Some of you may know I have an apprentice working with me. His name is Erik Rolf and he’s been around since last October. Erik is a lifelong cyclist and mechanic. I’ve had other apprentices over the years most notably Nic Schmidt (stay tuned for more on Nic) from 2002 to 2005 but will only consider a person when I think they have outstanding potential. I get approached a lot by people that want to work for me and learn to build frames. Of the hundreds I’ve met only a handful impressed me enough to give them a chance. While it may seem like an extra hand around the shop would be nice, having an apprentice actually consumes a ton of my time. I don’t see any real return on my time for at least a year in the best case and I’m training my future competition. For those reasons I’m very careful about when and who I take on if anyone.
There are a couple reasons I take on apprentices at all; first is to give back, I’ve talked about that in other blog entries. There aren’t a lot of avenues for people to learn the craft. Unless new builders have proper guidance they may produce marginal work which can compromise the Framebuilding profession and it will take far longer than necessary to learn to build at a professional level. One of the missions of The Framebuilders Collective (of which I’m a member) is to provide guidance to those wishing to enter the profession.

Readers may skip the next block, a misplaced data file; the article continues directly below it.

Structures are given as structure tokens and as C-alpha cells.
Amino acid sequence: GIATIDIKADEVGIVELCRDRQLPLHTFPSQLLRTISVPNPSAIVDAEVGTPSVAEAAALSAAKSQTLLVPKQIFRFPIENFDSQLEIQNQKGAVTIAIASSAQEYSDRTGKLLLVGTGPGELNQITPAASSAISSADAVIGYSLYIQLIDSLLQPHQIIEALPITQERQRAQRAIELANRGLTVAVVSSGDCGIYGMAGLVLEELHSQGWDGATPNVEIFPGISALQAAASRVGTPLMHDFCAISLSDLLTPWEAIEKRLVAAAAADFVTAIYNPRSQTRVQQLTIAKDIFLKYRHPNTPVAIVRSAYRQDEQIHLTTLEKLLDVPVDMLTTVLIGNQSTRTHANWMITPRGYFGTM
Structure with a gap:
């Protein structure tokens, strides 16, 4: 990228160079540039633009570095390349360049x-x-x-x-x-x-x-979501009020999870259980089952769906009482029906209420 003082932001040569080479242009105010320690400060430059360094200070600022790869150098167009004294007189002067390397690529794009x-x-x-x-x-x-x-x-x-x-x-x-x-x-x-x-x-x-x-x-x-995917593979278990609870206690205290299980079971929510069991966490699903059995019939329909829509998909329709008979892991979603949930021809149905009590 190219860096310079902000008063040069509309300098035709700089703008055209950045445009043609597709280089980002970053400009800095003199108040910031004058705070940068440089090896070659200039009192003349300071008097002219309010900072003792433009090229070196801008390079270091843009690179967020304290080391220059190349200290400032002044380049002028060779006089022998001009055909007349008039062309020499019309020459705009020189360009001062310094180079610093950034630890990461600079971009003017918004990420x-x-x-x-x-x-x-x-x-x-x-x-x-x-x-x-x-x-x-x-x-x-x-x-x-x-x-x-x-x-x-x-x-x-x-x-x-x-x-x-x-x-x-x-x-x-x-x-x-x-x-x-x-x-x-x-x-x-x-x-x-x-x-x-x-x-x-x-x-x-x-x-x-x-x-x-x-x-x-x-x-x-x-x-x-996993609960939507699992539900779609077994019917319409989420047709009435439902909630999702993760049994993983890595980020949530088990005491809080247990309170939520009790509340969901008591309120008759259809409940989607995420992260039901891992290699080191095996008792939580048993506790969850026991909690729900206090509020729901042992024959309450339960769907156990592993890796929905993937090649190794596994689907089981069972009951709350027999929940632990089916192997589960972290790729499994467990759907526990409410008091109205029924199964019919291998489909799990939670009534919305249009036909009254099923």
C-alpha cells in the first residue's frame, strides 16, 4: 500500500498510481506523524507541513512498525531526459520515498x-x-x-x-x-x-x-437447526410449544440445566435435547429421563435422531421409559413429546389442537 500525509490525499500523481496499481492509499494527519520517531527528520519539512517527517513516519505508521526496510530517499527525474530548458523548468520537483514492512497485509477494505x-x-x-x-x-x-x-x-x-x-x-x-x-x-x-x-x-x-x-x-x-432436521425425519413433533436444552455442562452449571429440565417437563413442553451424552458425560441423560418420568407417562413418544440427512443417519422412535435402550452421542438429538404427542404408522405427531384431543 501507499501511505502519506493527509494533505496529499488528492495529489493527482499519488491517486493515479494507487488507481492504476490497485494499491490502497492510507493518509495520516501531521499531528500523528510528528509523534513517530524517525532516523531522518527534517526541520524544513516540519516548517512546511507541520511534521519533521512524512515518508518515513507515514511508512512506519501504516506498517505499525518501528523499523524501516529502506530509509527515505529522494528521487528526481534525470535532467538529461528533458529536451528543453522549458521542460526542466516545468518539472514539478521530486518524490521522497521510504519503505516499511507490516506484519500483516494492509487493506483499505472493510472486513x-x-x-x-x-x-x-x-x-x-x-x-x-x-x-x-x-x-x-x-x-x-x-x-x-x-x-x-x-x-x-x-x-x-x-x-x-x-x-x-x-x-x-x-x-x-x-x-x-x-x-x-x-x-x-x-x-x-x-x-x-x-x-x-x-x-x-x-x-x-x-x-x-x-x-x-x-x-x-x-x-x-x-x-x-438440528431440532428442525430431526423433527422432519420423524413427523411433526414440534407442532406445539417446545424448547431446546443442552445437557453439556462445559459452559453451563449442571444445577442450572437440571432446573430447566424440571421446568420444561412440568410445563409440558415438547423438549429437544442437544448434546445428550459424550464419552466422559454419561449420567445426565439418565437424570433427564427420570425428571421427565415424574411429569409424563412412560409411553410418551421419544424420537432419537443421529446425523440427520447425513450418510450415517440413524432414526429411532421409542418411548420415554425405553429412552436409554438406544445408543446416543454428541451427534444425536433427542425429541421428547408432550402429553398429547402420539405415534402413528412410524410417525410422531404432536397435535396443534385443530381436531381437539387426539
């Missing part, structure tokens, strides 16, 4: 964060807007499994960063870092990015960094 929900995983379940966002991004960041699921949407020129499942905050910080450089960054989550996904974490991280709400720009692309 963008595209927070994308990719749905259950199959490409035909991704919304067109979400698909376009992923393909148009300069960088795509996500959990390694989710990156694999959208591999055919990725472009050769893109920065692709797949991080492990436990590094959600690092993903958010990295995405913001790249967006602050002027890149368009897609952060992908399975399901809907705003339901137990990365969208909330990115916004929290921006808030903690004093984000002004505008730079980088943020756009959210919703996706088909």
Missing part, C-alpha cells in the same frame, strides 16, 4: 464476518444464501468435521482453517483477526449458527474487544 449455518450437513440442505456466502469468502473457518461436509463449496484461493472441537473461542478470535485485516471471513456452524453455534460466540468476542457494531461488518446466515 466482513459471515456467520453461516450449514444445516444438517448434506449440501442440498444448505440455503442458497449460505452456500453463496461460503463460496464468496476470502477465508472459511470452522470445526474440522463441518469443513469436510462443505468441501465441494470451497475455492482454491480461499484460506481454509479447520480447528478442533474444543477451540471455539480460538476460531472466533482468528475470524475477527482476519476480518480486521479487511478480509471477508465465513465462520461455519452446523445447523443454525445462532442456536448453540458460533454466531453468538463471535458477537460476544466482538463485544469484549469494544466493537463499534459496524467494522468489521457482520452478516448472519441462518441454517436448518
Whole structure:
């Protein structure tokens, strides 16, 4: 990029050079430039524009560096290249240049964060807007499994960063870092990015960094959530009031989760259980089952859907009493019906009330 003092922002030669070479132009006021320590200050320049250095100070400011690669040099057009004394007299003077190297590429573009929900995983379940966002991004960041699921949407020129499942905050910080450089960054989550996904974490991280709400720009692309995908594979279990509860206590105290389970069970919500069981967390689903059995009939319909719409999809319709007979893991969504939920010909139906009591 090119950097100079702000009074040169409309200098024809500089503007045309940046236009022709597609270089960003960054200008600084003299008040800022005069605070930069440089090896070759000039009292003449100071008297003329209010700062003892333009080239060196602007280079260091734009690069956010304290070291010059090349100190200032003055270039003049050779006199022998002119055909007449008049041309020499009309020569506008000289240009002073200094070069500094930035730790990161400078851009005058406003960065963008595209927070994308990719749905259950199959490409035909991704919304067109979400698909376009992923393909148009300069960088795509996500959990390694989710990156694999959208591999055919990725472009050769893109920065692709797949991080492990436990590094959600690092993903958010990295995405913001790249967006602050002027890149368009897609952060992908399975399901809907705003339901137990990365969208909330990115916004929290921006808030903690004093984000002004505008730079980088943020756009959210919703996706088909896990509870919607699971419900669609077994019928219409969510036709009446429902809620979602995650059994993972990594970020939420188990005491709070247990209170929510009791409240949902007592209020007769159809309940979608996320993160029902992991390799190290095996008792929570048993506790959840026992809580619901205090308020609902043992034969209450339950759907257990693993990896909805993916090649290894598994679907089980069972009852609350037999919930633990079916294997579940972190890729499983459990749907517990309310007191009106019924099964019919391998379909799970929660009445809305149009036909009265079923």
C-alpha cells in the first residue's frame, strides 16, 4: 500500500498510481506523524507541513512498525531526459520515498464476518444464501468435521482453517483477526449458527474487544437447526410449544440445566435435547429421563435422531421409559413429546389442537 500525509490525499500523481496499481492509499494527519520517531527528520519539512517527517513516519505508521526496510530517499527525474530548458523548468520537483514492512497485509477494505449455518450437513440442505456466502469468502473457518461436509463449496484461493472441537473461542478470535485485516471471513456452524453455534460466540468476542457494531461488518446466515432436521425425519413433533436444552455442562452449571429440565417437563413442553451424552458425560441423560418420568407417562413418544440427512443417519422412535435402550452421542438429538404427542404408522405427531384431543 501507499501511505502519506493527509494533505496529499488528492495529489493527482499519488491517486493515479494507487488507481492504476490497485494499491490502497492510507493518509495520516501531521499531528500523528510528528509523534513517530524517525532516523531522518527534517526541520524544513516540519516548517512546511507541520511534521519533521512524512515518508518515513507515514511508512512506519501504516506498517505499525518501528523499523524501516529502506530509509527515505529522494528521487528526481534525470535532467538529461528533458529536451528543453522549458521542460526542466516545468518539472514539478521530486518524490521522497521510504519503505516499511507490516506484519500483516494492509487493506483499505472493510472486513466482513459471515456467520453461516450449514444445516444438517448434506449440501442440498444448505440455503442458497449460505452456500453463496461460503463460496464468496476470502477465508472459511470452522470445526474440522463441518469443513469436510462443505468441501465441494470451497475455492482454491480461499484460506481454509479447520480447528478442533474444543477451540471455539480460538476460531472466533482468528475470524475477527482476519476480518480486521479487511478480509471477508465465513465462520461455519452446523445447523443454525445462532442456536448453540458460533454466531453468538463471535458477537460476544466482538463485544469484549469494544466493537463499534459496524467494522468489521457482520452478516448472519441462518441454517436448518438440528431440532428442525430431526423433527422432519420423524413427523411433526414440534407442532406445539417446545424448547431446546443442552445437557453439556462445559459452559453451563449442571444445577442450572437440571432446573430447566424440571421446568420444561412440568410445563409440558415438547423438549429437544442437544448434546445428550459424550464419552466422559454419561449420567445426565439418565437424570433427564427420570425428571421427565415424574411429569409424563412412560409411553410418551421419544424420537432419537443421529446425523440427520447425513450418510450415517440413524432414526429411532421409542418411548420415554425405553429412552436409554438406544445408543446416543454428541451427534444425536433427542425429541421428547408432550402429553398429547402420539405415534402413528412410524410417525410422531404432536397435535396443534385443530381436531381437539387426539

Some other reasons for taking on an apprentice are a little more selfish. For one I like the energy, and enthusiasm. If you have a good apprentice they can really add to the spirit of the work environment. I’m also reminded how lucky I am to be doing what I do everyday for a living. Another reason is that teaching Framebuilding makes me a better Framebuilder. I think about things in a way I don’t typically think about them. The apprentice may also have great ideas that can be put into practice. Finally, it’s good for business. As I send new builders into the market place they will build their brand giving credit to me as the person that taught them their craft. My association with quality builders to which I taught the craft will strengthen my reputation.
I never turn over the most important Framebuilding jobs and what I do allow him to do are done with strict guidance but so far Erik is a quick study and very talented. If you are interested in learning more about Erik’s experience here he has started a blog which you can visit here: Alliancebicycles.blogspot